How to Make Dramatic Cut-Out Handles on a Squared Bowl

Plus, learn how to trim a bowl with handles on a chuck!

Handles on a Squared Bowl

Steve Showalter likes to make dramatic handles on his large thrown bowls. He found that attaching the handles before trimming was the best way to avoid cracks. But this presented a challenge when trimming because the bowl could not simply be placed upside down on the wheelhead. The solution, a tall chuck. 

In today’s post, an excerpt from the June/July/August 2021 issue of Ceramics Monthly, Steve shares all the info you need to make beautiful handles and trim bowls on a chuck. – Jennifer Poellot Harnetty, editor.


Creating the Handles

I love handles and look for reasons to put them on as many pieces as possible because they are the perfect blend of form and function. The handles for this bowl style are extruded with a custom die made from a plastic cutting board (1). I pull about half of my handles and have made my own dies for the other half. In this case, using an extrusion cut to size (2) helps me better match the clay stage of the bowl to the handle, reducing the chance of a crack between the bowl and the handle. These handles hug the rim on both sides, creating a strong connection. They are curved into a half circle (3), attached with slip, and backfilled with clay on the inside connection to fully complete the now-enclosed circle (4). The mix of circular pot, squared rim, and circular handle really appeals to my design instincts.

1 Now that the rim is compressed, use a ruler to mark the middle of the sides of the bowl and use a circle cutter to cut a half circle in the rim where the handles will be added.

2 Use an extrusion die (this is a custom shape I created) or pull handles from a thick coil or cone of clay.

3 Cut the handles to the size that’s scaled to your work (the handles pictured here are 5½ inches in length).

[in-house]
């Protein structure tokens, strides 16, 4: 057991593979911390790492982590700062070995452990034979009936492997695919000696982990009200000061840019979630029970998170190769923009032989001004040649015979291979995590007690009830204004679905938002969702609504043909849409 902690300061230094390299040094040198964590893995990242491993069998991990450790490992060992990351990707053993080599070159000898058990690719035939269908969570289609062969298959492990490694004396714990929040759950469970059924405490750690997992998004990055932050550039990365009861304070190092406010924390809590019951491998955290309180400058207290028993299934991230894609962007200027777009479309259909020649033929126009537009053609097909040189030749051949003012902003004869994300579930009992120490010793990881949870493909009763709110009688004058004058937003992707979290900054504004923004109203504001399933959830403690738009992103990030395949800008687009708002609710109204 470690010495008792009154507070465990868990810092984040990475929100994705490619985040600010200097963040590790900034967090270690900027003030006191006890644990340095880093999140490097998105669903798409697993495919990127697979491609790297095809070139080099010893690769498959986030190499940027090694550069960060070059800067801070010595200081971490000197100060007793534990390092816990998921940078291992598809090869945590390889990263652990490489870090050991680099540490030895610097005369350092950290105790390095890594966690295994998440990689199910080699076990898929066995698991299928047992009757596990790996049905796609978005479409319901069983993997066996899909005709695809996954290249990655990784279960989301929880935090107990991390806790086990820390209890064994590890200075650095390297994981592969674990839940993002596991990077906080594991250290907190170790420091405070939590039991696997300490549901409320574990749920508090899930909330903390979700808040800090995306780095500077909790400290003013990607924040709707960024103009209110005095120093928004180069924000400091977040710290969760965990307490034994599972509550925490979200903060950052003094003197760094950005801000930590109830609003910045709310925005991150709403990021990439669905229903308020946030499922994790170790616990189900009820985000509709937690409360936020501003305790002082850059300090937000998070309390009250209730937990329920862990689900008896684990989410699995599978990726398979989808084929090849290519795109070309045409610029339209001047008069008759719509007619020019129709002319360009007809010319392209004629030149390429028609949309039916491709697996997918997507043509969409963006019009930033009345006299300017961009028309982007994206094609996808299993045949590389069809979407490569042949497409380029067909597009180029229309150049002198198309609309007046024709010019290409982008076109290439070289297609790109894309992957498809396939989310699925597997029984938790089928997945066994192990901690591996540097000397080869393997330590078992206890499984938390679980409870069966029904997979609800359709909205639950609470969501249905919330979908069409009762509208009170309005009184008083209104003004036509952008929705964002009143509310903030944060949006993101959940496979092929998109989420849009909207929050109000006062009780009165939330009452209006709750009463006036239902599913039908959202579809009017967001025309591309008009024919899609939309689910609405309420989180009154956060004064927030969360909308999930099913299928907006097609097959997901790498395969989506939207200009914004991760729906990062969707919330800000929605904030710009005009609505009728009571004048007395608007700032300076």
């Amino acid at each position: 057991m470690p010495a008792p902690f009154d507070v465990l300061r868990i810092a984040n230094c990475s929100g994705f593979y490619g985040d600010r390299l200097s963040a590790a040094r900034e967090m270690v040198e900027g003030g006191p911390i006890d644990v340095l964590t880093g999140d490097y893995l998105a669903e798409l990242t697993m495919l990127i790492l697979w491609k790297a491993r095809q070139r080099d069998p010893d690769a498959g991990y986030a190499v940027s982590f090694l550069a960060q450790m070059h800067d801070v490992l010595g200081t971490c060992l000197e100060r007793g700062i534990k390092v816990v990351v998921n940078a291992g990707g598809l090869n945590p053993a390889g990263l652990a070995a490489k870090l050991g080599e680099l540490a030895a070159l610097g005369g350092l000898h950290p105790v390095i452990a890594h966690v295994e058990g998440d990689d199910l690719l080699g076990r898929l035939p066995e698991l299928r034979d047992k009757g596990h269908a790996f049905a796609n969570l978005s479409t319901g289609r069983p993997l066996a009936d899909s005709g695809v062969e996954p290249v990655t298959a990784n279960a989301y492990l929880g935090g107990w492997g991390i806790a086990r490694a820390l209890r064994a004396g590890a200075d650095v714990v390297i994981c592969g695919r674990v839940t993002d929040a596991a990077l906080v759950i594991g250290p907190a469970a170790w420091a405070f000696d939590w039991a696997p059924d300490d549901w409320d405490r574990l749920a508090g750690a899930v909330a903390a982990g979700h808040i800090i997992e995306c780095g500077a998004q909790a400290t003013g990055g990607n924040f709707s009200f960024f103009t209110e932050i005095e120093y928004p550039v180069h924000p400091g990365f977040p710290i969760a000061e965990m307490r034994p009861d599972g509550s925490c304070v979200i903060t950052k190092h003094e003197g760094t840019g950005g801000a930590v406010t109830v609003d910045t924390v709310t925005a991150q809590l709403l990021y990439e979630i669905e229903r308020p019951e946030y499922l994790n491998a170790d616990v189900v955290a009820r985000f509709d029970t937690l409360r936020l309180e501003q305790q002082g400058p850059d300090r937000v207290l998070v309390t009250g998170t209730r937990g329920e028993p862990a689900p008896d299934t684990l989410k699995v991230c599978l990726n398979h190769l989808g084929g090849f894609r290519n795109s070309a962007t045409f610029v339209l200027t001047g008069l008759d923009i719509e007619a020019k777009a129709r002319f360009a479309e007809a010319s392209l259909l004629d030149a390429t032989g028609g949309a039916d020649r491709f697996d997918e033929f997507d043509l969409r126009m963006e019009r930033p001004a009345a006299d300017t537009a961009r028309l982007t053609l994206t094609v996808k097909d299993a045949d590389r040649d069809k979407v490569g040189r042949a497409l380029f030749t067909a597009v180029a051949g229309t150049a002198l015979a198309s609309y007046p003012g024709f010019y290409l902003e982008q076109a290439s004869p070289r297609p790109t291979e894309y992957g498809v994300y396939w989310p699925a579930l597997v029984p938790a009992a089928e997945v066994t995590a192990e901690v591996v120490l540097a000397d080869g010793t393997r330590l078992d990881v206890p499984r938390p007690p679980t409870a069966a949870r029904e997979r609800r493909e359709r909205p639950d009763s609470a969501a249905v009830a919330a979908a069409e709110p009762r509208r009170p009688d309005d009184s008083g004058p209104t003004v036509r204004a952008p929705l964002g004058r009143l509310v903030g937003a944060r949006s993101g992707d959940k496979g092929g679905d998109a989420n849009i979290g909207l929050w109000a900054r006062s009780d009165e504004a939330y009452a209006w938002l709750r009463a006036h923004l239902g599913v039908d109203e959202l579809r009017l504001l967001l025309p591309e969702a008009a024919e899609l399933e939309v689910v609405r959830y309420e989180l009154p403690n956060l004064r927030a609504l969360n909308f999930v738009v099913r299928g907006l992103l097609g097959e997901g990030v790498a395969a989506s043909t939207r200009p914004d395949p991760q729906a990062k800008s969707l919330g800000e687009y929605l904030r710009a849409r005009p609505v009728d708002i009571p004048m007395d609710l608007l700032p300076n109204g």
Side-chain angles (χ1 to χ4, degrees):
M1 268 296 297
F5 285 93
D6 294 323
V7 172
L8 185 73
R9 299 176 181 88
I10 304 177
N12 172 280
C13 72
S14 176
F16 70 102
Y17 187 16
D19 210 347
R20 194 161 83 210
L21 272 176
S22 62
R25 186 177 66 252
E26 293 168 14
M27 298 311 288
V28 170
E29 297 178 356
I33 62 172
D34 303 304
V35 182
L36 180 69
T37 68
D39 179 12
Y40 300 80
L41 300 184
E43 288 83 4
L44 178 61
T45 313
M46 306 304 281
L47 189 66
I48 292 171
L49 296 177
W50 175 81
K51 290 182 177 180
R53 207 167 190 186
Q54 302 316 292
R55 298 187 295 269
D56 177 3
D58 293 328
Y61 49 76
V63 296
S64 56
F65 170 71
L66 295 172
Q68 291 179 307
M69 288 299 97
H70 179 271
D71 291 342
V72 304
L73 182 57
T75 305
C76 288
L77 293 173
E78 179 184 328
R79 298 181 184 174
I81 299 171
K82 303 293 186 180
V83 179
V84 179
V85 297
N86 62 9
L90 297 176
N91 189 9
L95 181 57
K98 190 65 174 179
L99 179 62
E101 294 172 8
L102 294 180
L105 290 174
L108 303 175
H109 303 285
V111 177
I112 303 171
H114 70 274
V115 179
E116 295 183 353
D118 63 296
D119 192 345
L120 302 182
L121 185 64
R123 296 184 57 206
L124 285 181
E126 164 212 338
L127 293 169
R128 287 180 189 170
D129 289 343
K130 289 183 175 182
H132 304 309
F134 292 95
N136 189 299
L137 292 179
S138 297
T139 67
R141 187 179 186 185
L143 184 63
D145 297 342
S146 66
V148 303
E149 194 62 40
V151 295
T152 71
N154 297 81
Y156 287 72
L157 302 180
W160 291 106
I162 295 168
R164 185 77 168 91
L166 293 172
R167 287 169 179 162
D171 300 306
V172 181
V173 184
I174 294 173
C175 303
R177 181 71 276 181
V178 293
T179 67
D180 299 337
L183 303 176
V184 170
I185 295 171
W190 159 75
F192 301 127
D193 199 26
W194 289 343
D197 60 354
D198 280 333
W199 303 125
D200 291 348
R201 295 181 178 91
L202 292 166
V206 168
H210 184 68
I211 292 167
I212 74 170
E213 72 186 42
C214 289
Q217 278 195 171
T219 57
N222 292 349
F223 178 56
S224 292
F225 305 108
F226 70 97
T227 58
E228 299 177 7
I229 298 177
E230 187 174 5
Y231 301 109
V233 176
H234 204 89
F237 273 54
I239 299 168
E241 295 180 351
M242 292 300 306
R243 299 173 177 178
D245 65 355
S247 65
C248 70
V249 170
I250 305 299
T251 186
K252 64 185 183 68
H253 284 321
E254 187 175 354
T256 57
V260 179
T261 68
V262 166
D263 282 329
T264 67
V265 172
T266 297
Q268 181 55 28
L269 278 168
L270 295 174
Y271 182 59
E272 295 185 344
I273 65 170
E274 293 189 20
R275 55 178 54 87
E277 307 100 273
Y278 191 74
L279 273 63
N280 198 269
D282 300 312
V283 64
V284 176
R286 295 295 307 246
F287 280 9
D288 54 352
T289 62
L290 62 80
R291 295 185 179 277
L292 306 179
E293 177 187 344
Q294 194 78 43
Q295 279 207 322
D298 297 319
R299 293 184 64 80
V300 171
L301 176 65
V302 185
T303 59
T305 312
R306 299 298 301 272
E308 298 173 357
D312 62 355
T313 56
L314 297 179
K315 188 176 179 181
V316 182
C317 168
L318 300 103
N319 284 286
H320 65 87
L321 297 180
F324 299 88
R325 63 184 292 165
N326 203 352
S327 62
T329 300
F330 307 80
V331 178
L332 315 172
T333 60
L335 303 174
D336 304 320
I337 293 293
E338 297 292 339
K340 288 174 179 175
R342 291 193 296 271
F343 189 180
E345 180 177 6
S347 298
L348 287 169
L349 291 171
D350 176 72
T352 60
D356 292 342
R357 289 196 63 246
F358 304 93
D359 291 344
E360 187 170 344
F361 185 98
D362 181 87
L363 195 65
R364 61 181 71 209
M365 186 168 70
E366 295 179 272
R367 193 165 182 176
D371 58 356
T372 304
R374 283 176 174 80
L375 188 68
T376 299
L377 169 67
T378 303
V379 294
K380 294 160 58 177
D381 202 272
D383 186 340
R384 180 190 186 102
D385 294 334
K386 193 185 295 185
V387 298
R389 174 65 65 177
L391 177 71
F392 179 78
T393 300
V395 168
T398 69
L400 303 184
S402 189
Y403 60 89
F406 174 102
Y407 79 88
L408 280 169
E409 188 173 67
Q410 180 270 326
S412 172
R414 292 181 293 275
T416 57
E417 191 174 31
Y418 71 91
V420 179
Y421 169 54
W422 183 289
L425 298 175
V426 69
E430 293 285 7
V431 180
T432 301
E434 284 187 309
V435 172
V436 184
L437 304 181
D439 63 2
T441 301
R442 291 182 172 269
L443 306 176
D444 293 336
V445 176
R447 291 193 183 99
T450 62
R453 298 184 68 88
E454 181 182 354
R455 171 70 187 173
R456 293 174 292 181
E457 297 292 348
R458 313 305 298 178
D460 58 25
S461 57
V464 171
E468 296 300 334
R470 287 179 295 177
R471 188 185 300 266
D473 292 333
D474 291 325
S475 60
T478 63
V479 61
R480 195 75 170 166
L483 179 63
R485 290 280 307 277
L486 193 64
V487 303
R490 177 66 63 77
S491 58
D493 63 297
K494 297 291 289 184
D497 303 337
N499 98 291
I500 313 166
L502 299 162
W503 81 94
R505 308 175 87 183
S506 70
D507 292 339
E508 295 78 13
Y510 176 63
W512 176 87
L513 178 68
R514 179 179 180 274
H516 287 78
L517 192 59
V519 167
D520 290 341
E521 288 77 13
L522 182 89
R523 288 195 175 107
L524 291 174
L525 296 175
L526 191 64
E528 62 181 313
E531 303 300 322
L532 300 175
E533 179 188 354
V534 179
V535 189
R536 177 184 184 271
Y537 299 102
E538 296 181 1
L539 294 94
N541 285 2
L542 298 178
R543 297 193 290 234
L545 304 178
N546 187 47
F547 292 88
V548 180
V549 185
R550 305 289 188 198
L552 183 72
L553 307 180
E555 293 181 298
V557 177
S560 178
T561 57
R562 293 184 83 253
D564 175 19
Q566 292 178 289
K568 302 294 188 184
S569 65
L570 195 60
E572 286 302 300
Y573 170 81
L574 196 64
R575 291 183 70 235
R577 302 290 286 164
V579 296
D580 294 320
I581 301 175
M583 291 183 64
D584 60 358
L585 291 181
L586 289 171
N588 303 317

4 Bend the handle into a half circle and prepare for attachment.

Trimming the Bowl

I thoroughly believe that it’s better to throw the form you want, rather than to simply reveal it through the trimming process. When trimming, I set the boundaries of what needs to be trimmed first and then proceed to remove the excess clay. At every stage of the process, clay likes to be worked with when it’s ready, not when it’s necessarily convenient. Altering the rim and attaching the handles before trimming helps to prevent cracks from forming in the handles. It’s also a great way to reduce warping that can show up after a glaze firing. I trim on a bone-dry chuck, dampening the chuck before use to keep the bowl in place while trimming (5–8).

5 Slip and score the handle and bowl and attach the handle. Make sure to backfill any voids and clean up the slip around the attachment. This is a great time to do final refinements before trimming.

6 These serving bowls are trimmed on a chuck after the rims are altered and handles are attached. Either use a leather-hard chuck or dampen a bone-dry chuck so it sticks to the bowl while trimming to keep it in place.

7 Center the bowl upside down on the chuck and make sure it is level before trimming. While the top may be quite firm, the bottom should still be leather hard and ready for trimming.

8 Set the boundaries of what clay needs to be removed and trim away the excess clay.

Comments
  • John K.

    The handle install is great, but I LOVE the glaze effect! What was the combo you used there, if you don’t mind sharing?

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